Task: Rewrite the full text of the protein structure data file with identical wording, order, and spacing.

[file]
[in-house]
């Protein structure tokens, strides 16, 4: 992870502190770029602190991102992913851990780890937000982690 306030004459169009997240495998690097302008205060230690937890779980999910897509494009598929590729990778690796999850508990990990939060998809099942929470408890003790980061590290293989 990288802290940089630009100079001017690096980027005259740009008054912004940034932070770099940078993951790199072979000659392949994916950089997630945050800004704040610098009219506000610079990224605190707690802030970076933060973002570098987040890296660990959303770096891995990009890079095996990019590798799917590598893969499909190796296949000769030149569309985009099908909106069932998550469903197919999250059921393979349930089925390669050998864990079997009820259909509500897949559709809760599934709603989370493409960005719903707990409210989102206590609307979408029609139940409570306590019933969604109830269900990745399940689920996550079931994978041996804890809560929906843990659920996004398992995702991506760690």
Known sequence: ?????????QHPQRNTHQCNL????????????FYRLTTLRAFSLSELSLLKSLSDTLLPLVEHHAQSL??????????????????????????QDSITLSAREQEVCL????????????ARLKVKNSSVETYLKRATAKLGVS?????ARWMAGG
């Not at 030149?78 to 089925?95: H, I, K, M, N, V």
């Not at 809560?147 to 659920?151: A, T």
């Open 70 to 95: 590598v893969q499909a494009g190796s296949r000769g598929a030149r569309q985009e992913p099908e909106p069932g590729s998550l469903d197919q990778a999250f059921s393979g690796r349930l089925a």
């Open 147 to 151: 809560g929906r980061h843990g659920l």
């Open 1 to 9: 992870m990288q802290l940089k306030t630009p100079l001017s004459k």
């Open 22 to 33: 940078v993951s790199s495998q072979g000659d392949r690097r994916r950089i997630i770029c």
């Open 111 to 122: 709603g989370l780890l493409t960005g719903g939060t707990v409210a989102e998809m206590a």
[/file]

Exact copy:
[in-house]
């Protein structure tokens, strides 16, 4: 992870502190770029602190991102992913851990780890937000982690 306030004459169009997240495998690097302008205060230690937890779980999910897509494009598929590729990778690796999850508990990990939060998809099942929470408890003790980061590290293989 990288802290940089630009100079001017690096980027005259740009008054912004940034932070770099940078993951790199072979000659392949994916950089997630945050800004704040610098009219506000610079990224605190707690802030970076933060973002570098987040890296660990959303770096891995990009890079095996990019590798799917590598893969499909190796296949000769030149569309985009099908909106069932998550469903197919999250059921393979349930089925390669050998864990079997009820259909509500897949559709809760599934709603989370493409960005719903707990409210989102206590609307979408029609139940409570306590019933969604109830269900990745399940689920996550079931994978041996804890809560929906843990659920996004398992995702991506760690």
Known sequence: ?????????QHPQRNTHQCNL????????????FYRLTTLRAFSLSELSLLKSLSDTLLPLVEHHAQSL??????????????????????????QDSITLSAREQEVCL????????????ARLKVKNSSVETYLKRATAKLGVS?????ARWMAGG
């Not at 030149?78 to 089925?95: H, I, K, M, N, V």
């Not at 809560?147 to 659920?151: A, T």
């Open 70 to 95: 590598v893969q499909a494009g190796s296949r000769g598929a030149r569309q985009e992913p099908e909106p069932g590729s998550l469903d197919q990778a999250f059921s393979g690796r349930l089925a």
């Open 147 to 151: 809560g929906r980061h843990g659920l």
């Open 1 to 9: 992870m990288q802290l940089k306030t630009p100079l001017s004459k």
């Open 22 to 33: 940078v993951s790199s495998q072979g000659d392949r690097r994916r950089i997630i770029c």
């Open 111 to 122: 709603g989370l780890l493409t960005g719903g939060t707990v409210a989102e998809m206590a």